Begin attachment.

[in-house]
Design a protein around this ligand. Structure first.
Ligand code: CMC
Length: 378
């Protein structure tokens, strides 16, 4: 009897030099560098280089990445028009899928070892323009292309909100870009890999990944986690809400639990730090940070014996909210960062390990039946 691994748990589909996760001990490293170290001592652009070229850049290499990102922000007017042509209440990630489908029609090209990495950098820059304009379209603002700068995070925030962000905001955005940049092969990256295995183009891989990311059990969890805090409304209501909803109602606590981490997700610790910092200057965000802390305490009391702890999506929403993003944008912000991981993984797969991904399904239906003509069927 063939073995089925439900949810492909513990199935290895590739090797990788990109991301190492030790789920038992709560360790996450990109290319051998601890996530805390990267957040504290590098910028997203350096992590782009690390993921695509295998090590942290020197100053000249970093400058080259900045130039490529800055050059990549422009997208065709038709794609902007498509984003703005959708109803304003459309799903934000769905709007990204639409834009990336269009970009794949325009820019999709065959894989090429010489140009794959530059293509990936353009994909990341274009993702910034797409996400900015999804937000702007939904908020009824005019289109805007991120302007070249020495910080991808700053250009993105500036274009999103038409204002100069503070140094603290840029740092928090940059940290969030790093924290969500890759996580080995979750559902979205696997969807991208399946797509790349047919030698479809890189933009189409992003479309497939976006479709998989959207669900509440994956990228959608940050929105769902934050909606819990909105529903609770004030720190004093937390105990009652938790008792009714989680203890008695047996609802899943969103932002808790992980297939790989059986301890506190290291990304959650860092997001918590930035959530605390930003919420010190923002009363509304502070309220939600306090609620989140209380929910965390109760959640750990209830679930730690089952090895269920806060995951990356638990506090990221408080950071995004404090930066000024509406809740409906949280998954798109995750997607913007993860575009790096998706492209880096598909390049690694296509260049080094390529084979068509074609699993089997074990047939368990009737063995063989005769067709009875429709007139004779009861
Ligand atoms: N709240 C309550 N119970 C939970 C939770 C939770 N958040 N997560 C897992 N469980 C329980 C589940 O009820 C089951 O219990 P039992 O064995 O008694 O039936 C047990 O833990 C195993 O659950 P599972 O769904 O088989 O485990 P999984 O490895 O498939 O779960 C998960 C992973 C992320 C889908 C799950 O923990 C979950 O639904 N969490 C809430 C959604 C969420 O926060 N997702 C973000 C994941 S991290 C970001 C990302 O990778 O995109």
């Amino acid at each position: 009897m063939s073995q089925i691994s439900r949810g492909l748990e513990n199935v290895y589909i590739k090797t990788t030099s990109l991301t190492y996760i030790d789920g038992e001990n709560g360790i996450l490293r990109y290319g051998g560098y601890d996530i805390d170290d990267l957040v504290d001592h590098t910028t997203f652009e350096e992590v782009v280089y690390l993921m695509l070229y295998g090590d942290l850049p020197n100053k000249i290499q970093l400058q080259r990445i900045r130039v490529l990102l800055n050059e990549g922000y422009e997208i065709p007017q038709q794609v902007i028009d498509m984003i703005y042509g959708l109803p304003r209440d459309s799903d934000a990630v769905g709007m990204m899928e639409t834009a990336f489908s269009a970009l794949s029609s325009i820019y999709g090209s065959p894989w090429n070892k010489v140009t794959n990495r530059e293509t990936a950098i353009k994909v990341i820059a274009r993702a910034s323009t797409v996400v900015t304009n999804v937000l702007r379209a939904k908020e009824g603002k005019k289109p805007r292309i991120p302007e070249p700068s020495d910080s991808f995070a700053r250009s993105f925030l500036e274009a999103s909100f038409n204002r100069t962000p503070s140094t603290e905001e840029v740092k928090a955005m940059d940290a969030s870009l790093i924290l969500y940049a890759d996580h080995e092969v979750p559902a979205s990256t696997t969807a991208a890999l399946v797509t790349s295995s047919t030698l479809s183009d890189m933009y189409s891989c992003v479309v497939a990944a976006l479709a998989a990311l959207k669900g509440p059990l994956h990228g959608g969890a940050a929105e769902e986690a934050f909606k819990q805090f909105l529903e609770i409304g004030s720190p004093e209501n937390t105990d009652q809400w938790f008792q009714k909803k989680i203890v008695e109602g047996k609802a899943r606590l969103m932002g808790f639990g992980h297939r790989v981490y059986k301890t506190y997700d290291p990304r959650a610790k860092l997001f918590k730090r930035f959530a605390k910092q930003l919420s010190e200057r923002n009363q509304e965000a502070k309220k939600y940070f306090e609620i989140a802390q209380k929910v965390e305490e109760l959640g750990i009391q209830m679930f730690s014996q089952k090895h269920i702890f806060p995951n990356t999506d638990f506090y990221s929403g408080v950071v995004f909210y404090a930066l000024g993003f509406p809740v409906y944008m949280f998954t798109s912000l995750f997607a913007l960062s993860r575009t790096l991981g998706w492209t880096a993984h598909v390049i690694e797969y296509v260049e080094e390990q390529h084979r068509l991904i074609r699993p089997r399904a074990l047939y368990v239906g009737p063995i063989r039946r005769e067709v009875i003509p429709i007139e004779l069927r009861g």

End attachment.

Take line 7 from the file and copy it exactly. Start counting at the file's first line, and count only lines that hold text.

């Amino acid at each position: 009897m063939s073995q089925i691994s439900r949810g492909l748990e513990n199935v290895y589909i590739k090797t990788t030099s990109l991301t190492y996760i030790d789920g038992e001990n709560g360790i996450l490293r990109y290319g051998g560098y601890d996530i805390d170290d990267l957040v504290d001592h590098t910028t997203f652009e350096e992590v782009v280089y690390l993921m695509l070229y295998g090590d942290l850049p020197n100053k000249i290499q970093l400058q080259r990445i900045r130039v490529l990102l800055n050059e990549g922000y422009e997208i065709p007017q038709q794609v902007i028009d498509m984003i703005y042509g959708l109803p304003r209440d459309s799903d934000a990630v769905g709007m990204m899928e639409t834009a990336f489908s269009a970009l794949s029609s325009i820019y999709g090209s065959p894989w090429n070892k010489v140009t794959n990495r530059e293509t990936a950098i353009k994909v990341i820059a274009r993702a910034s323009t797409v996400v900015t304009n999804v937000l702007r379209a939904k908020e009824g603002k005019k289109p805007r292309i991120p302007e070249p700068s020495d910080s991808f995070a700053r250009s993105f925030l500036e274009a999103s909100f038409n204002r100069t962000p503070s140094t603290e905001e840029v740092k928090a955005m940059d940290a969030s870009l790093i924290l969500y940049a890759d996580h080995e092969v979750p559902a979205s990256t696997t969807a991208a890999l399946v797509t790349s295995s047919t030698l479809s183009d890189m933009y189409s891989c992003v479309v497939a990944a976006l479709a998989a990311l959207k669900g509440p059990l994956h990228g959608g969890a940050a929105e769902e986690a934050f909606k819990q805090f909105l529903e609770i409304g004030s720190p004093e209501n937390t105990d009652q809400w938790f008792q009714k909803k989680i203890v008695e109602g047996k609802a899943r606590l969103m932002g808790f639990g992980h297939r790989v981490y059986k301890t506190y997700d290291p990304r959650a610790k860092l997001f918590k730090r930035f959530a605390k910092q930003l919420s010190e200057r923002n009363q509304e965000a502070k309220k939600y940070f306090e609620i989140a802390q209380k929910v965390e305490e109760l959640g750990i009391q209830m679930f730690s014996q089952k090895h269920i702890f806060p995951n990356t999506d638990f506090y990221s929403g408080v950071v995004f909210y404090a930066l000024g993003f509406p809740v409906y944008m949280f998954t798109s912000l995750f997607a913007l960062s993860r575009t790096l991981g998706w492209t880096a993984h598909v390049i690694e797969y296509v260049e080094e390990q390529h084979r068509l991904i074609r699993p089997r399904a074990l047939y368990v239906g009737p063995i063989r039946r005769e067709v009875i003509p429709i007139e004779l069927r009861g």